RL91650. Billon reduced centenionalis, RIC VII Cyzicus 145, LRBC I 1270, SRCV IV 16900, Cohen VII 8, Hunter V 6 var. (bust also draped, 4th officina), VF, tight flan, slightly off center, edge ragged, weight 1.921 g, maximum diameter 16.6 mm, die axis 180o, 3rd officina, Cyzicus (Kapu Dagh, Turkey) mint, 336 - mid 337 A.D.; obverse FL IVL DELMATIVS NOB C, laureate and cuirassed bust right; reverse GLORIA EXERCITVS (glory of the army), two soldiers standing facing, flanking one standard in center, heads confronted, each holds a spear in outer hand and rests inner hand on grounded shield, SMKΓ in exergue; from the Maxwell Hunt Collection; $60.00 SALE |PRICE| $54.00
 


Aurelian, August or September 270 - October or November 275 A.D.

|Aurelian|, |Aurelian,| |August| |or| |September| |270| |-| |October| |or| |November| |275| |A.D.|, |antoninianus|
Aurelian probably joined the army in 235, a year that began an era of crisis, imperial assassinations, invasions, civil wars, plagues, and economic depression, which severely damaged the army. He distinguished himself in battle and successes as a cavalry commander eventually made him a member of emperor Gallienus' entourage. Claudius gave him command of the elite Dalmatian cavalry, and then promoted him to Master of Horse (second in command of the army after the Emperor). As emperor, Aurelian's successful restoration of the Army enabled him to defeat the Alamanni, Goths, Vandals, Juthungi, Sarmatians, and the Palmyrene Empire effectively ending the Roman Empire's Crisis of the Third Century.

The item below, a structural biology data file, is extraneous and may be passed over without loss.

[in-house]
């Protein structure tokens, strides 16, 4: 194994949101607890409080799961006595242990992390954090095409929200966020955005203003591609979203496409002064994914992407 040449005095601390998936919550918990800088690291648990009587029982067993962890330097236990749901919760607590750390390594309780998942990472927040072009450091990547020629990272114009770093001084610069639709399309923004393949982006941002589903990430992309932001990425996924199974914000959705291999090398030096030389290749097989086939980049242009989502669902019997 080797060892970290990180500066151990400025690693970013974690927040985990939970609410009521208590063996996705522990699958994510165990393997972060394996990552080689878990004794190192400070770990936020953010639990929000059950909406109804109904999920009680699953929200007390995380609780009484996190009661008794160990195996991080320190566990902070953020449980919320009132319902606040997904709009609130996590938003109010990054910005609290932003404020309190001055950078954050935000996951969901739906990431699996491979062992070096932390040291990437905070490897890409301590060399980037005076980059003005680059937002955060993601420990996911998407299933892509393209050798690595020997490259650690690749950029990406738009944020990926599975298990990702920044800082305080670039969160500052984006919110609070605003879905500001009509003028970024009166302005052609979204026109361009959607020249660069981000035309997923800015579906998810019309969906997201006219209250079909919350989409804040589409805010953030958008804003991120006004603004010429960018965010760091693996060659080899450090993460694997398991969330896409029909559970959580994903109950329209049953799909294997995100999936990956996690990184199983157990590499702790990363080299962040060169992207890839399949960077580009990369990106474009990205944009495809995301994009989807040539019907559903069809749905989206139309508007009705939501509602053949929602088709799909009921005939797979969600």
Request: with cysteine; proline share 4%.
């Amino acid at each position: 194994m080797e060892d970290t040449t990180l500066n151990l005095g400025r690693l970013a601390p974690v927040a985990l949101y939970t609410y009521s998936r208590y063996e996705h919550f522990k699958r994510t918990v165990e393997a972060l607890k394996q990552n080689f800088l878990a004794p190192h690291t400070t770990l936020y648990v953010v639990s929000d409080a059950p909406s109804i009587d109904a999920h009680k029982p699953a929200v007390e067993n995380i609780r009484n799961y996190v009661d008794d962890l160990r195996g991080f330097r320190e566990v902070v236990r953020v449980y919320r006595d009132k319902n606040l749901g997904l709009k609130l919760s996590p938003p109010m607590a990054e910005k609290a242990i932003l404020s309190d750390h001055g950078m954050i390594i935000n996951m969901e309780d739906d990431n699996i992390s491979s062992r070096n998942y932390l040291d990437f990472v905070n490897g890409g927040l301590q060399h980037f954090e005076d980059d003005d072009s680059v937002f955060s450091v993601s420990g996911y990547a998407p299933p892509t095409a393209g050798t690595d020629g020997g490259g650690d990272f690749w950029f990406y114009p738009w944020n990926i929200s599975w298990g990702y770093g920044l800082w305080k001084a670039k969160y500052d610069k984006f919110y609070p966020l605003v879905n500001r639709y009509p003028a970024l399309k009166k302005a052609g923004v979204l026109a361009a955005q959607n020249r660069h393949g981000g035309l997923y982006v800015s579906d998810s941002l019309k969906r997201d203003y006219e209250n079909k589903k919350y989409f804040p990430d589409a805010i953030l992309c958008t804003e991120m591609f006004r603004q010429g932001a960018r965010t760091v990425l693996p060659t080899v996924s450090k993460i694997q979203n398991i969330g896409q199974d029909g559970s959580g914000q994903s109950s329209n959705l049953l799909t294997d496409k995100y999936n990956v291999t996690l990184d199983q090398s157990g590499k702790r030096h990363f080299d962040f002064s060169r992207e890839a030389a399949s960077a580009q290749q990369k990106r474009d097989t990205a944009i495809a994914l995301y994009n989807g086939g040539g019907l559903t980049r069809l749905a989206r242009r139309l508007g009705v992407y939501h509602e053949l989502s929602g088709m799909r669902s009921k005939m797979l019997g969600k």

RA87240. Billon antoninianus, MER-RIC 3088 (45 spec.), RIC V-1 366, BnF XII 1224, Venèra 10733 - 10747, Cohen VI 206, Hunter IV 105 var. (2nd officina), Choice VF, well centered, much silvering, weight 3.314 g, maximum diameter 23.0 mm, die axis 0o, 2nd officina, Cyzicus (Kapu Dagh, Turkey) mint, issue 10, phase 2, early - summer 275; obverse IMP AVRELIANVS AVG, radiate and cuirassed bust right; reverse RESTITVTOR EXERCITI (restorer of the army), Mars (on left) and Aurelian standing confronted, Aurelian presenting globe to Mars, each holds a long scepter, B in center, XXI in exergue; $50.00 SALE |PRICE| $45.00
 


Maximian, 286 - 305, 306 - 308, and 310 A.D.

|Maximian|, |Maximian,| |286| |-| |305,| |306| |-| |308,| |and| |310| |A.D.|, |antoninianus|
About 287, Diocletian assumed the title Iovius and Maximian assumed the title Herculius. The titles were symbolic of their roles: Diocletian-Jove was dominant, responsible for planning and commanding; Maximian-Hercules had the heroic role of completing assigned tasks. Despite the symbolism, the emperors were not actually worshiped as the gods Jupiter and Hercules in the imperial cult. Instead, they were seen as the gods' instruments, imposing the gods' will on earth.